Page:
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Arizona Governor has Faced Many Hot-Button Bills

Monday Feb 24, 2014
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Opponents of the SB1062, a religious freedom bill, urged Gov. Brewer to veto the bill during a protest rally.
Opponents of the SB1062, a religious freedom bill, urged Gov. Brewer to veto the bill during a protest rally.  (Source:AP Photo/The Arizona Republic, Cheryl Evans)

In the coming days, Arizona Gov. Jan Brewer will have to decide whether to sign a proposal to let business owners with strongly held religious beliefs refuse service to gays. The measure is among a spate of hot-button bills the Legislature has sent to the governor since she took office in January 2009.

Here’s a look at how Brewer handled other proposals:

- IMMIGRATION: Lawmakers passed Arizona’s landmark immigration law in April 2010 in an attempt to push the bounds of what local police officers can do to confront illegal immigration. The law drew sharp criticism from immigrant rights advocates, led to an economic boycott of the state, drew a legal challenge from the Obama administration and inspired lawmakers in five other states to adopt variations of the statute. In signing the measure into law, Gov. Jan Brewer solidified her prospects in the 2010 gubernatorial race. The U.S. Supreme Court upheld the law’s most contentious section in 2012 but struck down other sections.

- BORDER FENCE: Brewer signed into law a 2011 bill allowing the state to build fencing along Arizona’s border with Mexico using millions of dollars in private money. No fences have been erected as a result of the state’s efforts. Donations dried up after only a fraction of the funding was in hand.

- GUNS-BARS: Brewer signed into law a 2009 proposal that lets Arizonans with concealed-weapons permits take a handgun into bars and restaurants that serve alcohol. The law requires bar and restaurant owners who want to ban weapons on the premises to post a "no guns" sign next to the business’ liquor license. Drinking while carrying a weapon is illegal. Opponents said mixing guns and alcohol produces a dangerous combination. Supporters said people should be able to protect themselves at businesses that serve alcohol.


More than 200 marchers walk from the Wingspan office along North Fourth Avenue to the Governor’s office at 400 W Congress St. in Tucson, Ariz.  (Source:AP Photo/ Arizona Daily Star, A.E. Araiza)

- OBAMA-BIRTH CERTIFICATE: Brewer vetoed a 2011 bill that would have required President Barack Obama and other presidential candidates to prove their U.S. citizenship before their names could appear on the state’s ballot. In rejecting the measure, the governor said she was troubled that the bill empowered Arizona’s secretary of state to judge the qualifications of all candidates when they file to run for office. She said picking one person as the gatekeeper to the ballot could to lead to arbitrary or politically motivated decisions.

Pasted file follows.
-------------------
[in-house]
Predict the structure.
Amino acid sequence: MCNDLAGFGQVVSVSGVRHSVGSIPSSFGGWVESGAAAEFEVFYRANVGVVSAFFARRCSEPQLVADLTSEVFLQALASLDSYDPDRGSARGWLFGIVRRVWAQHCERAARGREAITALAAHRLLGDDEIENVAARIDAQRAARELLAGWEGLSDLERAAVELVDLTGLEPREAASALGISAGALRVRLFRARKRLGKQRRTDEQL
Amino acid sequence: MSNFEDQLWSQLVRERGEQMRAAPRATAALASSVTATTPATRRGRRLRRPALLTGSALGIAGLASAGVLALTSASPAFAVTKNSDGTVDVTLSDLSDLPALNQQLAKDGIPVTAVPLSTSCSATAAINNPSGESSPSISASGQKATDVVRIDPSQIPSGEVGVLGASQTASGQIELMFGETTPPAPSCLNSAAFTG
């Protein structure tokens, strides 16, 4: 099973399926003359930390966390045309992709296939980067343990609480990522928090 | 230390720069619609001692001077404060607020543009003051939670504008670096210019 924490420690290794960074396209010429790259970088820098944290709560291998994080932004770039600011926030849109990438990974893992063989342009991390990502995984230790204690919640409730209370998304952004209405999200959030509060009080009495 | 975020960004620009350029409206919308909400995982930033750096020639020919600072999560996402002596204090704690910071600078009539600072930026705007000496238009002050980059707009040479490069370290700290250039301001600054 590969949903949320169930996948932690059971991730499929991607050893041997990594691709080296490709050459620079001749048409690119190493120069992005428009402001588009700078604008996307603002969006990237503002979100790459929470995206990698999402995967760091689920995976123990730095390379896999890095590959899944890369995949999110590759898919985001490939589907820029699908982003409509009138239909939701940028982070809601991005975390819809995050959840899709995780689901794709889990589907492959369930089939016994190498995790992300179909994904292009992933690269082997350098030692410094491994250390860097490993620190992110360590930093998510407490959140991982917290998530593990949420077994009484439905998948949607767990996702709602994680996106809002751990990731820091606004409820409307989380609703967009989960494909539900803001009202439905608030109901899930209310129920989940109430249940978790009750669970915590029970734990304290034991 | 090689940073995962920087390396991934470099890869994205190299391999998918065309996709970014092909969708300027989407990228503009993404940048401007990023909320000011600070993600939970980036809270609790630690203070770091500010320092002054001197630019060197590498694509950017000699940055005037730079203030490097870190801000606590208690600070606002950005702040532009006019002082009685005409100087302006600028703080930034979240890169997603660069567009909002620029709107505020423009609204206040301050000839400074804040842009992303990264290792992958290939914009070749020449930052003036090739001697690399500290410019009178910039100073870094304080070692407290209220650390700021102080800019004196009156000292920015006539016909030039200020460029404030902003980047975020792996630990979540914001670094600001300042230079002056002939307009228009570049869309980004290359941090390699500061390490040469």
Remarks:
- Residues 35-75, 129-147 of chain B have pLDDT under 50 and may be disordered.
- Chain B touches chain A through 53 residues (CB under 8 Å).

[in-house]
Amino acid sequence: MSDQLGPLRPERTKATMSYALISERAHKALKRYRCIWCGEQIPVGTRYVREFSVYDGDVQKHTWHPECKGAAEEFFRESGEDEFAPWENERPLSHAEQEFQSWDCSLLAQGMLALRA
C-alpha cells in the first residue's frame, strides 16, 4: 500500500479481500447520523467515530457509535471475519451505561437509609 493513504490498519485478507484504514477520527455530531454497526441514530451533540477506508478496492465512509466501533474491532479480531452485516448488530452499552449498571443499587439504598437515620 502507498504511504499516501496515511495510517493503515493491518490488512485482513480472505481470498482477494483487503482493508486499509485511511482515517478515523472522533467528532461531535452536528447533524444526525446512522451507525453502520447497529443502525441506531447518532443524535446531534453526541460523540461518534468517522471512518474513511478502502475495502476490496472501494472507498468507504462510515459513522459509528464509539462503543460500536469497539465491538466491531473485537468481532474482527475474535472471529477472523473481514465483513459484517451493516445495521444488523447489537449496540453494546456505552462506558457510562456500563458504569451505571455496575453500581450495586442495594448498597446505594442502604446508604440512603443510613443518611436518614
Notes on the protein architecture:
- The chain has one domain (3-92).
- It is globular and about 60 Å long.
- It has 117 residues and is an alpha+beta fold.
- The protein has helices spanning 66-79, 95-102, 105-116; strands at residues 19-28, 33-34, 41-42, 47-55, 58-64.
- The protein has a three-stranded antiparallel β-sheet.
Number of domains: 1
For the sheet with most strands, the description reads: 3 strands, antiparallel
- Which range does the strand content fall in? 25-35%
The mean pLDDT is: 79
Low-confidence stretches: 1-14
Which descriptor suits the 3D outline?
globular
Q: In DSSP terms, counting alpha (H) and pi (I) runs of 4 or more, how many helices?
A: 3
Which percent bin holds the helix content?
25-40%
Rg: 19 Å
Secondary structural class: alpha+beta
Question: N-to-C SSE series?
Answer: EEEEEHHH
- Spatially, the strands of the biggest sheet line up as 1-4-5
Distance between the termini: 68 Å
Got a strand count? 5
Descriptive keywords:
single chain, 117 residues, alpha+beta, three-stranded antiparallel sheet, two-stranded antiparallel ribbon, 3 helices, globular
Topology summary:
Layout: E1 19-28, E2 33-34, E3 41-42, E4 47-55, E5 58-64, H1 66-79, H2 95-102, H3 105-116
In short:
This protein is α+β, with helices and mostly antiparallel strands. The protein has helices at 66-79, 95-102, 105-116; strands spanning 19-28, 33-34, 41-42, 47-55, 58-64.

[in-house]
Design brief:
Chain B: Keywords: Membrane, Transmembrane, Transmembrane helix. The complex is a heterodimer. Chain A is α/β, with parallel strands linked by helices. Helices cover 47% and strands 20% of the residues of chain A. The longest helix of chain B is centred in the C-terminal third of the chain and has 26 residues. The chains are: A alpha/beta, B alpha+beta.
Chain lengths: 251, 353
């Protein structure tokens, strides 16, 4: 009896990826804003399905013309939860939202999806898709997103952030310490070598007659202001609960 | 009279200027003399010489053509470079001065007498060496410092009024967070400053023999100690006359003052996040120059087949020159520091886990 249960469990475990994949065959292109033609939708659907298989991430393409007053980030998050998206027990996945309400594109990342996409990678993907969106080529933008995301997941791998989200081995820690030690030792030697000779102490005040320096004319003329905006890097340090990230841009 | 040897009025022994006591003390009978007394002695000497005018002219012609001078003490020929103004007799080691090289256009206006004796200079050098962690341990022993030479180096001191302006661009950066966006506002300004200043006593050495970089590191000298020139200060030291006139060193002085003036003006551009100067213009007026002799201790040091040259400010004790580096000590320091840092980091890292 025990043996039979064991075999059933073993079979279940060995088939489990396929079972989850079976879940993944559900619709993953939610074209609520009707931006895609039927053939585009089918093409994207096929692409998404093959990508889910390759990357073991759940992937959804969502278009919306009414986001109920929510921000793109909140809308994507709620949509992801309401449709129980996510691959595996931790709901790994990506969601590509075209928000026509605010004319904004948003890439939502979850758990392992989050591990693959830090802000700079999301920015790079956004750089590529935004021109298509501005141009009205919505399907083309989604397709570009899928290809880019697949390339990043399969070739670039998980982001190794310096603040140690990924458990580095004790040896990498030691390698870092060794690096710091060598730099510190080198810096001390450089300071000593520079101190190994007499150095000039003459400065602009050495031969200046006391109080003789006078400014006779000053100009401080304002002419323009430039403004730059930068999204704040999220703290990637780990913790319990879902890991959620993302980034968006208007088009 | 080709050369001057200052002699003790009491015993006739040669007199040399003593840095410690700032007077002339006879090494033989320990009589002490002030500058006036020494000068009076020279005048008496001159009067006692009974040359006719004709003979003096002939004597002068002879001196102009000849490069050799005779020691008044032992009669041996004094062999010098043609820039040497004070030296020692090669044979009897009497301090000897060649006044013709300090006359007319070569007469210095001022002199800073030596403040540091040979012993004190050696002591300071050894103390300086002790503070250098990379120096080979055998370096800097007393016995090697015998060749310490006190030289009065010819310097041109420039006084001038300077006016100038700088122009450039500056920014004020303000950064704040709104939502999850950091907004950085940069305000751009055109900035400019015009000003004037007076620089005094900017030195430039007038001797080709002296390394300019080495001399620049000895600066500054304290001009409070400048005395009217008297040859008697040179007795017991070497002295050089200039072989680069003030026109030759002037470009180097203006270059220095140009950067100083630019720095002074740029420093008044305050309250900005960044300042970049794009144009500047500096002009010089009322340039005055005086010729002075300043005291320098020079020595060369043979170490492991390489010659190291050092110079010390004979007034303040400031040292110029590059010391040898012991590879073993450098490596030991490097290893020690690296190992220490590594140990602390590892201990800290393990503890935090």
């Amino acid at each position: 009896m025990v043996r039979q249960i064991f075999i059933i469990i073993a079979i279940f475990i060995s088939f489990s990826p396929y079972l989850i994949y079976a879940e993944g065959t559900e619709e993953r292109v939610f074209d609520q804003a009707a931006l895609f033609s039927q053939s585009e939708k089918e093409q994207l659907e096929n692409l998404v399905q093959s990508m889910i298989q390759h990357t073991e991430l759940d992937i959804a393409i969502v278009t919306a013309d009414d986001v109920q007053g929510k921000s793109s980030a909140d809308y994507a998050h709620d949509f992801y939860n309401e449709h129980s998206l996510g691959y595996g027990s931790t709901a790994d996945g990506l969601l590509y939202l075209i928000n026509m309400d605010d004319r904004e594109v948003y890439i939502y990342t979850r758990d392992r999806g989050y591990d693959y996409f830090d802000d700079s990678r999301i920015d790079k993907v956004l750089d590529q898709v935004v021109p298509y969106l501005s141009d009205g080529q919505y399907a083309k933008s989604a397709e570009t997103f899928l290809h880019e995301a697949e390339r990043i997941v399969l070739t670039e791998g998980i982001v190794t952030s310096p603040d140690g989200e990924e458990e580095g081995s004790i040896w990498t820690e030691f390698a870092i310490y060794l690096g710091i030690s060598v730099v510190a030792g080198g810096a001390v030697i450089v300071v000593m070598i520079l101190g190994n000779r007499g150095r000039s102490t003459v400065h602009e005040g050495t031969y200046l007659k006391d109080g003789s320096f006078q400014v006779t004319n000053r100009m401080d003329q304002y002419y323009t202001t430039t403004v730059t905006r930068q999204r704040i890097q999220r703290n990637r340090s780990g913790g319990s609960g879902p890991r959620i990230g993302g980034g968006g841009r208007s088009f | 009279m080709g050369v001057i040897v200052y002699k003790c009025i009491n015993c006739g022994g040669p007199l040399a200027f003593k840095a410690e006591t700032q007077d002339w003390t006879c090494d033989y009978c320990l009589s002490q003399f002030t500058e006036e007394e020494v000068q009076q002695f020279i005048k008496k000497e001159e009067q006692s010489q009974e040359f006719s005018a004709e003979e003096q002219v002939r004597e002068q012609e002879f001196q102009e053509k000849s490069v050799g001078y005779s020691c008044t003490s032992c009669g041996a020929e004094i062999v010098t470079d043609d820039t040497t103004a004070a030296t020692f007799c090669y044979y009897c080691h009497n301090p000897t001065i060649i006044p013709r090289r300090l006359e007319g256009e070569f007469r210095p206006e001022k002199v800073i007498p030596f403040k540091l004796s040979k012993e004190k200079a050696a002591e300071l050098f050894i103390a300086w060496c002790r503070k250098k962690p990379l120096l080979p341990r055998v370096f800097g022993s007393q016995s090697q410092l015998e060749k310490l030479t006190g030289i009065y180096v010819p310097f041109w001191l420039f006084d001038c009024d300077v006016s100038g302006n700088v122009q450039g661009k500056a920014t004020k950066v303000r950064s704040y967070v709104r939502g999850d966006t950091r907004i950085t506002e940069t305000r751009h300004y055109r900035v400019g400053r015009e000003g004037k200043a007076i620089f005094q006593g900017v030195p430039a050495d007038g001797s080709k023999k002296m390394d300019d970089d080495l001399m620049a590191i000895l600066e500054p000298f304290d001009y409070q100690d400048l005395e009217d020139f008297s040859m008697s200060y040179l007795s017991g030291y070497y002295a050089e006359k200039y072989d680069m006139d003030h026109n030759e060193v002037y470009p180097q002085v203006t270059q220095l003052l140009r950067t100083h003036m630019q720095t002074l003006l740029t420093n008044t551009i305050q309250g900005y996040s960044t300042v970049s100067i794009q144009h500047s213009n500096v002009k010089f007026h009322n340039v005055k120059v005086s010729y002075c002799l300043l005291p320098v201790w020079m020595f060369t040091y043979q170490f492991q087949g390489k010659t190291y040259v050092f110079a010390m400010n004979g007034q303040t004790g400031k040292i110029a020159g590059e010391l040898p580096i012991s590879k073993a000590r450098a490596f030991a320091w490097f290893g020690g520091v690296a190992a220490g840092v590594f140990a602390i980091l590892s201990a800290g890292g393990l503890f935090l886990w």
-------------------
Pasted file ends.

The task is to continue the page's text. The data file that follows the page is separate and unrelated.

- CONTRACEPTION: Brewer signed into law a bill in May 2012 that relaxed Arizona’s requirement for health plans to cover contraception. Under the law, employers that identify themselves as religiously oriented organizations can drop contraception coverage for birth control purposes. It stirred months of debate over its potential impact on women’s health coverage and privacy concerns. Supporters say the law is a protection for religious freedom, while critics called it an attack on women.

- GUNS-GOVERNMENT BUILDINGS: Brewer vetoed a 2011 proposal that would have let people carry guns into most government buildings that don’t have armed guards or metal detectors. Brewer, who describes herself as a gun-rights backer, said the bill’s many provisions on various firearms topics lacked clarity, including on where guns would have been allowed. Critics called it an unfunded mandate on local governments because of the security costs that would be needed to ban guns. Supporters said the bill would have allowed gun owners to defend themselves if attacked in a public building that has no security in place.

- 20-WEEK ABORTION BAN: Brewer signed into law a 2012 ban on most abortions in Arizona after 20 weeks of pregnancy, well before the 24 weeks where a fetus is considered viable. Last year, a federal appeals court said such bans violate a long string of Supreme Court rulings starting with the landmark Roe v. Wade decision in 1973. The U.S. Supreme Court in December refused Arizona’s appeal of that ruling.


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